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Ernest Courant Traineeship in Accelerator Science & Engineering

 

Traineeship3

 

Stony Brook University in collaboration with Brookhaven National Laboratory (BNL), Cornell University (CU) and FERMI National Accelerator Laboratory (FNAL) is establishing the Ernest Courant Traineeship in Accelerator Science & Engineering supported by a 5-year grant from the High Energy Office of the US Department of Energy. This novel program is named after eminent accelerator physicist, Ernest Courant, who lay the foundation of modern accelerator science. At SBU the traineeship is a part of the Center for Accelerator Physics and Education (CASE) – the   http://case.physics.stonybrook.edu/index.php/Main_Page

The main goal of the program is to train scientists and engineers in the field of accelerator sciences with a focus in the four areas identified as the DOE Mission Critical Workforce Needs in Accelerator Science and Engineering: (a) Physics of large accelerators and systems engineering; (b) Superconducting radiofrequency accelerator physics and engineering; (c) Radiofrequency power system engineering and (d) Cryogenic systems engineering (especially liquid helium systems).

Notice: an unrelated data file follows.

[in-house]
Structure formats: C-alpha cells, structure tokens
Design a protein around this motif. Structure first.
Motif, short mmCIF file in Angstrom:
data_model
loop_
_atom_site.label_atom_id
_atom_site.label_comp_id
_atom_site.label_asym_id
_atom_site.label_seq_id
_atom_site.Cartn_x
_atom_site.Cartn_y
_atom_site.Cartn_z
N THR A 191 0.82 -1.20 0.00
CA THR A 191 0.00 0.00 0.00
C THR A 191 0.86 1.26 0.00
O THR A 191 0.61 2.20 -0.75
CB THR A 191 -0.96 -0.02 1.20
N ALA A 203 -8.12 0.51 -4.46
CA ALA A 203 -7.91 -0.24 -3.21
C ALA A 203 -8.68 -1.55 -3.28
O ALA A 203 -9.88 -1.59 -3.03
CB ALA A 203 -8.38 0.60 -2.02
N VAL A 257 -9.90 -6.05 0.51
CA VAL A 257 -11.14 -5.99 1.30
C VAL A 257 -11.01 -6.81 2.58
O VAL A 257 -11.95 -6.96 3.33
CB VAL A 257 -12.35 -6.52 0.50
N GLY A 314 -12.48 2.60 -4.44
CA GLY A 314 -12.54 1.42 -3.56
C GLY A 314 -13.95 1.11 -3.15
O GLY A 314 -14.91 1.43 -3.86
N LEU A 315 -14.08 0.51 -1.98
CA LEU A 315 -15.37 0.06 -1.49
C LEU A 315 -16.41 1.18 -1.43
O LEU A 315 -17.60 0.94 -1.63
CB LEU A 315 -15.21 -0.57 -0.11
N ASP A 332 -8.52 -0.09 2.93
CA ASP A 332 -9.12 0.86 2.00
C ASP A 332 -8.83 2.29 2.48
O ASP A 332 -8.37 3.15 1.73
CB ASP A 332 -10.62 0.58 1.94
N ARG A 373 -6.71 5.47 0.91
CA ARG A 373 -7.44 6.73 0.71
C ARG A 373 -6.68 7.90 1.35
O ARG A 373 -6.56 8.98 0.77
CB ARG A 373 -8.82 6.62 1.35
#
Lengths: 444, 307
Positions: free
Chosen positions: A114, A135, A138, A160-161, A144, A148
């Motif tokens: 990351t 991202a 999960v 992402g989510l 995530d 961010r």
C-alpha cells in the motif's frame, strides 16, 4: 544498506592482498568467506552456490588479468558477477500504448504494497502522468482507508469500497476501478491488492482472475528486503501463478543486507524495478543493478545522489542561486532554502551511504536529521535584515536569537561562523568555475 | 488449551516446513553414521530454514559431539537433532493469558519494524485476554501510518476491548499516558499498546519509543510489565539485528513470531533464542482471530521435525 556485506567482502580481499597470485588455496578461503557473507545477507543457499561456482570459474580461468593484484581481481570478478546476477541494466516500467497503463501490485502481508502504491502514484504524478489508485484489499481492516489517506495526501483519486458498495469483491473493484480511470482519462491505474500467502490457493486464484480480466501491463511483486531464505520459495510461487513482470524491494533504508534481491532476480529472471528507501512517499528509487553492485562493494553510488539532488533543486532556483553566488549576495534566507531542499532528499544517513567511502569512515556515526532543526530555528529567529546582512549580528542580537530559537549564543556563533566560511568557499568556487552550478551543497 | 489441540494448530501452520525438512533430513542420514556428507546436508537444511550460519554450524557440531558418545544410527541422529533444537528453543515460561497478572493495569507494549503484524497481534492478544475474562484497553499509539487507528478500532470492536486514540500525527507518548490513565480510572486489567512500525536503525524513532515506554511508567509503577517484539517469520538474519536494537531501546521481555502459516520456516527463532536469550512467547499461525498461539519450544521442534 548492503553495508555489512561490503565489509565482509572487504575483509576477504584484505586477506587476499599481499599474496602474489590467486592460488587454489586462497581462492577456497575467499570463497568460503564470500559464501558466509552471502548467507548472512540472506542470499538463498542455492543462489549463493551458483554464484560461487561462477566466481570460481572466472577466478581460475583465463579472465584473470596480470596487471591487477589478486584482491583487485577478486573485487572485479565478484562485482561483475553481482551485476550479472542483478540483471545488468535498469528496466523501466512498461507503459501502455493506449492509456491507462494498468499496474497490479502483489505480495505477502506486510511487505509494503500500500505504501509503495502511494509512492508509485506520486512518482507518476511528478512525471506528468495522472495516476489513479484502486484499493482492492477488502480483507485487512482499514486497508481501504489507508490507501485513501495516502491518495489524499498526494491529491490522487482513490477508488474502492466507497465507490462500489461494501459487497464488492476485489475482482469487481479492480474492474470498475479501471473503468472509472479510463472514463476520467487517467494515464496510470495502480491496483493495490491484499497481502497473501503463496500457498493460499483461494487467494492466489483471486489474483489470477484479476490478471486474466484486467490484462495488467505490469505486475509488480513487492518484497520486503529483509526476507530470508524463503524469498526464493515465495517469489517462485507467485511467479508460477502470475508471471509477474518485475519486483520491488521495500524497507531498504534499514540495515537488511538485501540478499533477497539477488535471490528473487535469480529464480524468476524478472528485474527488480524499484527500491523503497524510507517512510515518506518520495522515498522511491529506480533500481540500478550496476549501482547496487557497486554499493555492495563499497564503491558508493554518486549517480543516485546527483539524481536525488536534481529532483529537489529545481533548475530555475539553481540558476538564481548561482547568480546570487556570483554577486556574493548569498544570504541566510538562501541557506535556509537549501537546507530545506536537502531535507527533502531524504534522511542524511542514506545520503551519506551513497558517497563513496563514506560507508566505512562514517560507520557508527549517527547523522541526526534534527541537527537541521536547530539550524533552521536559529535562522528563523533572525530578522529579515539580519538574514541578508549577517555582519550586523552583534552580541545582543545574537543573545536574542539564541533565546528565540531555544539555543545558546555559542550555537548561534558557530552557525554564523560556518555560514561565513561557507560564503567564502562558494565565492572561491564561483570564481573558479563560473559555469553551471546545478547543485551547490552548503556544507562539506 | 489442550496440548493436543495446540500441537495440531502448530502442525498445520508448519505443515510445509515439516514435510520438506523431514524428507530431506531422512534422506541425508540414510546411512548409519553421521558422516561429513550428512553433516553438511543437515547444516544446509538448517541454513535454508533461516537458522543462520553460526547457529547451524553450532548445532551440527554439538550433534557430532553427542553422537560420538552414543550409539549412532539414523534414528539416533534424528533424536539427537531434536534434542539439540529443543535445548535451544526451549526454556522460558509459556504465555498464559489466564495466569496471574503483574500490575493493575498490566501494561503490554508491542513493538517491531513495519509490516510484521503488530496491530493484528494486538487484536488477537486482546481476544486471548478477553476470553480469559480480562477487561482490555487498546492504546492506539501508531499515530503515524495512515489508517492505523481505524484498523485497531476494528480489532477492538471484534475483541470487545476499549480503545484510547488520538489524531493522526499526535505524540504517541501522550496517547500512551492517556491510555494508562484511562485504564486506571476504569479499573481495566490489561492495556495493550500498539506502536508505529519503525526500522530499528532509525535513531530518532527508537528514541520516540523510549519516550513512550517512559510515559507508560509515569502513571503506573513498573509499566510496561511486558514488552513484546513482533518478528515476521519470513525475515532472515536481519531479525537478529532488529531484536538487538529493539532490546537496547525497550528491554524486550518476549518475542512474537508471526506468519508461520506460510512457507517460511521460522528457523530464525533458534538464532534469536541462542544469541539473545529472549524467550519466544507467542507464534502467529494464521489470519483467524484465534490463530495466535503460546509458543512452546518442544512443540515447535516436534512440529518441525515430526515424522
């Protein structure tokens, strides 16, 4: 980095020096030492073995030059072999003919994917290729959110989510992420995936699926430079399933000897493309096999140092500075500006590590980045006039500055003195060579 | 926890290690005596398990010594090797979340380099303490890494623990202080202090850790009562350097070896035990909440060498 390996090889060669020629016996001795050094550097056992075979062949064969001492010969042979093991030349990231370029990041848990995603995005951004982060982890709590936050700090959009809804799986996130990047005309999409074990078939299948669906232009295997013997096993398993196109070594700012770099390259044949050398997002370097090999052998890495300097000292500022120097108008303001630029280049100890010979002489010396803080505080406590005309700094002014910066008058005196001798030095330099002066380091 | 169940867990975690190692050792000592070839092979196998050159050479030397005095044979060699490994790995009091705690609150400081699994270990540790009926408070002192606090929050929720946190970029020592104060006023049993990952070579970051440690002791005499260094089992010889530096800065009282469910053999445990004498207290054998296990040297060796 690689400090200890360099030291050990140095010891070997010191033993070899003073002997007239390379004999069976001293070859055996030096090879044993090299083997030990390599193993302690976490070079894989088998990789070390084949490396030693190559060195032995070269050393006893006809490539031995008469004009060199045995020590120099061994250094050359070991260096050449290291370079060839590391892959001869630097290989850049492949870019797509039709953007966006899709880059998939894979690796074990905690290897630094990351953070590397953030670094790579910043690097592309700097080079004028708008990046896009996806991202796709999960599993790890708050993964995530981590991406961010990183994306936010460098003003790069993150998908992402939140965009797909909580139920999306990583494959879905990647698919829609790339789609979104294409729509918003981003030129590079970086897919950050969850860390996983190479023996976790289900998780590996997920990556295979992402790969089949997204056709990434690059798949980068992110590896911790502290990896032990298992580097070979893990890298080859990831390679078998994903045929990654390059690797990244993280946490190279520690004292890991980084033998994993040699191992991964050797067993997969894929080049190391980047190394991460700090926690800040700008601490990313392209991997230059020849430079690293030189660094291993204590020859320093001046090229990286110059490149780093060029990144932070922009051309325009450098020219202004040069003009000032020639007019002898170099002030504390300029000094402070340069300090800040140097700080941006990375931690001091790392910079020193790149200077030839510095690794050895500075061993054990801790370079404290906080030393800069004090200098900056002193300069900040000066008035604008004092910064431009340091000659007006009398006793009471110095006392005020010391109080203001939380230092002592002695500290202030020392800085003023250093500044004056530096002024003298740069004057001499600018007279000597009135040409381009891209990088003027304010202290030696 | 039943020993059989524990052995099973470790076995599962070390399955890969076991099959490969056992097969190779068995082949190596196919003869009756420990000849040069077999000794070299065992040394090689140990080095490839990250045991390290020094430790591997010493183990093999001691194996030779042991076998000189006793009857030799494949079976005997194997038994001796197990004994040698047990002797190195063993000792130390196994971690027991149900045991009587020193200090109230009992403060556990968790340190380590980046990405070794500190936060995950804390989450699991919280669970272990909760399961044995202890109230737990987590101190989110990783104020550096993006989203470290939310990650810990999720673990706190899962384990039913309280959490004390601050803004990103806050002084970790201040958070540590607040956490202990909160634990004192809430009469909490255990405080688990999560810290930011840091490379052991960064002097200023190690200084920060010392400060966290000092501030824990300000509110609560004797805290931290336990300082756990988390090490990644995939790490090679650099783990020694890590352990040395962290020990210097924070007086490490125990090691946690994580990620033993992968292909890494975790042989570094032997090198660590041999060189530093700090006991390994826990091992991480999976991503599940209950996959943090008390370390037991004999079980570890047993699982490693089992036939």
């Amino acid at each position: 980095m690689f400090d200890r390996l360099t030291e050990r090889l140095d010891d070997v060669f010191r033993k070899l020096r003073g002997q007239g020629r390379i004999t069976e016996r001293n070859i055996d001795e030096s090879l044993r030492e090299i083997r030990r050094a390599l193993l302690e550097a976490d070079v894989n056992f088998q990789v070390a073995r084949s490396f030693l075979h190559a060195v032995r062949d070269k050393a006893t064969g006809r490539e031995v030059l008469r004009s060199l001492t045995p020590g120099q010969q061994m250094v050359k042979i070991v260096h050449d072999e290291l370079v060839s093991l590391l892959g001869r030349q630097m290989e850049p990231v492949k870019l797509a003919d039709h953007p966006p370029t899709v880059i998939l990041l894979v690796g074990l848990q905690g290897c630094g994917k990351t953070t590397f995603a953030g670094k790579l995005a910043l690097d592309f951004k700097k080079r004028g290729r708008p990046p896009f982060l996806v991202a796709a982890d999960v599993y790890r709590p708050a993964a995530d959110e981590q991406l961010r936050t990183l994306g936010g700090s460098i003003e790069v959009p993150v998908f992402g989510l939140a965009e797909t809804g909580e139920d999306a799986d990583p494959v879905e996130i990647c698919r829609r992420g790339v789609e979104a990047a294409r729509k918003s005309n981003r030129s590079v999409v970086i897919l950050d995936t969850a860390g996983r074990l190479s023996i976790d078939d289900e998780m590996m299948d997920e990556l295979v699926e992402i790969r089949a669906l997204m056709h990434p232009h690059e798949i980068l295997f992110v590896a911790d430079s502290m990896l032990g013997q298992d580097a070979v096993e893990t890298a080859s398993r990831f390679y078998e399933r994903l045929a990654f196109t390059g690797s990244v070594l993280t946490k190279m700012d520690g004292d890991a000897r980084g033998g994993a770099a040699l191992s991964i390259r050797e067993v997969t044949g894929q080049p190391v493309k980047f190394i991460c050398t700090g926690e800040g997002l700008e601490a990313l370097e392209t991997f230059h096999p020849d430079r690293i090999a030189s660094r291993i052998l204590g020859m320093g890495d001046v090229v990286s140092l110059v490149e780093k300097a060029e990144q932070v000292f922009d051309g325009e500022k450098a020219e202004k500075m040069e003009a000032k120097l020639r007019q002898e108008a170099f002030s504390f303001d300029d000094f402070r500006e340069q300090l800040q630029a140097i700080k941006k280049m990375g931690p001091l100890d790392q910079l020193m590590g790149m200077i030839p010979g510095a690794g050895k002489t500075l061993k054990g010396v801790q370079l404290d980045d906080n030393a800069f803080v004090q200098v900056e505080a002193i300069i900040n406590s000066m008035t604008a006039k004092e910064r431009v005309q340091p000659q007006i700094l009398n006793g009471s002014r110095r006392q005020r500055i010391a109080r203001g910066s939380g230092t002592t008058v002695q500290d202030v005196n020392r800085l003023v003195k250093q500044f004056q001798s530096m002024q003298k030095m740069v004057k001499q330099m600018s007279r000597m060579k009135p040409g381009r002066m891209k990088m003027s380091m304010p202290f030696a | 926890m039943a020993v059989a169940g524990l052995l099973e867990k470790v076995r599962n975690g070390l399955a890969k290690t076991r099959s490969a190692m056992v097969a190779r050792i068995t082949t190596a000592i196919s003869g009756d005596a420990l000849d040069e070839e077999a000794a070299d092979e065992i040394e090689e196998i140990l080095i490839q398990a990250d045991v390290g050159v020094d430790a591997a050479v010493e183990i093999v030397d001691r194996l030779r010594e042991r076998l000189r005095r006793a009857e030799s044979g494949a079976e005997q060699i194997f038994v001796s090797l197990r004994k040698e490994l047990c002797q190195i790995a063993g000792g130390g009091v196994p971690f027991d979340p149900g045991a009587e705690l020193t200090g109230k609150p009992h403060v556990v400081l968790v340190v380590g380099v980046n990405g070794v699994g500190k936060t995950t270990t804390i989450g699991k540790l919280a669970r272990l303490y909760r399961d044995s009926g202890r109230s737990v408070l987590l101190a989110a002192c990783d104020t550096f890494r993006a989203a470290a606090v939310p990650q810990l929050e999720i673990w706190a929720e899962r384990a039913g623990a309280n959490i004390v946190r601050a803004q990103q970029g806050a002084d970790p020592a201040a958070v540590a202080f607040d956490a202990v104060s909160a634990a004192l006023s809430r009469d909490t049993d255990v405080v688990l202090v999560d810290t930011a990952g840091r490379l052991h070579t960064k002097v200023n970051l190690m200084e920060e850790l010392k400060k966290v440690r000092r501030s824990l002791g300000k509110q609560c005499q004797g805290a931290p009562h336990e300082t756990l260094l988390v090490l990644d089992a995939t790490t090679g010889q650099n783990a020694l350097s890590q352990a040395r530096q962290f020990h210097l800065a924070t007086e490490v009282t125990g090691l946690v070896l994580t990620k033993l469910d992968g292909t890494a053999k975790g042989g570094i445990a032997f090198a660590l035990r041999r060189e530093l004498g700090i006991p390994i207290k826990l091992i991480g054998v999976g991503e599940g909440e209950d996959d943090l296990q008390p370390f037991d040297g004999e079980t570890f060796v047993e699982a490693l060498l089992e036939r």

The graduate level curriculum consists of courses and practical training at accelerator facilities of the collaborating institutions, and thesis requirements. Each of participant will have a supervisor to guide the training. Every graduate student – PhD, MS/MSI, ME - successfully completing the traineeship program will be issued a Certificate in Accelerator Science and Engineering with specializations including the four areas listed above. The expectation is that the traineeship can be completed in two years and students can pursue their research interest beyond the program (for example, complete their PhD). Undergraduate students can enter the program via a dedicated summer internship program at BNL.

If you are interested in this unique traineeship in 21st century accelerator sciences and want to know details, please contact one of professors involved in the program:

  • Thomas Hemmick Thomas.Hemmick@sunysb.edu
  • Vladimir Litvinenko vladimir.litvinenko@stonybrook.edu
  • Ji Liu ji.liu@stonybrook.edu
  • Jon Longtin jlongtin@ms.cc.sunysb.edu
  • Jayant Parekh jayant.parekh@stonybrook.edu
  • Thomas Robertazzi Thomas.Robertazzi@stonybrook.edu
  • Navid Vafaei-Najafabadi navid.vafaei-najafabadi@stonybrook.edu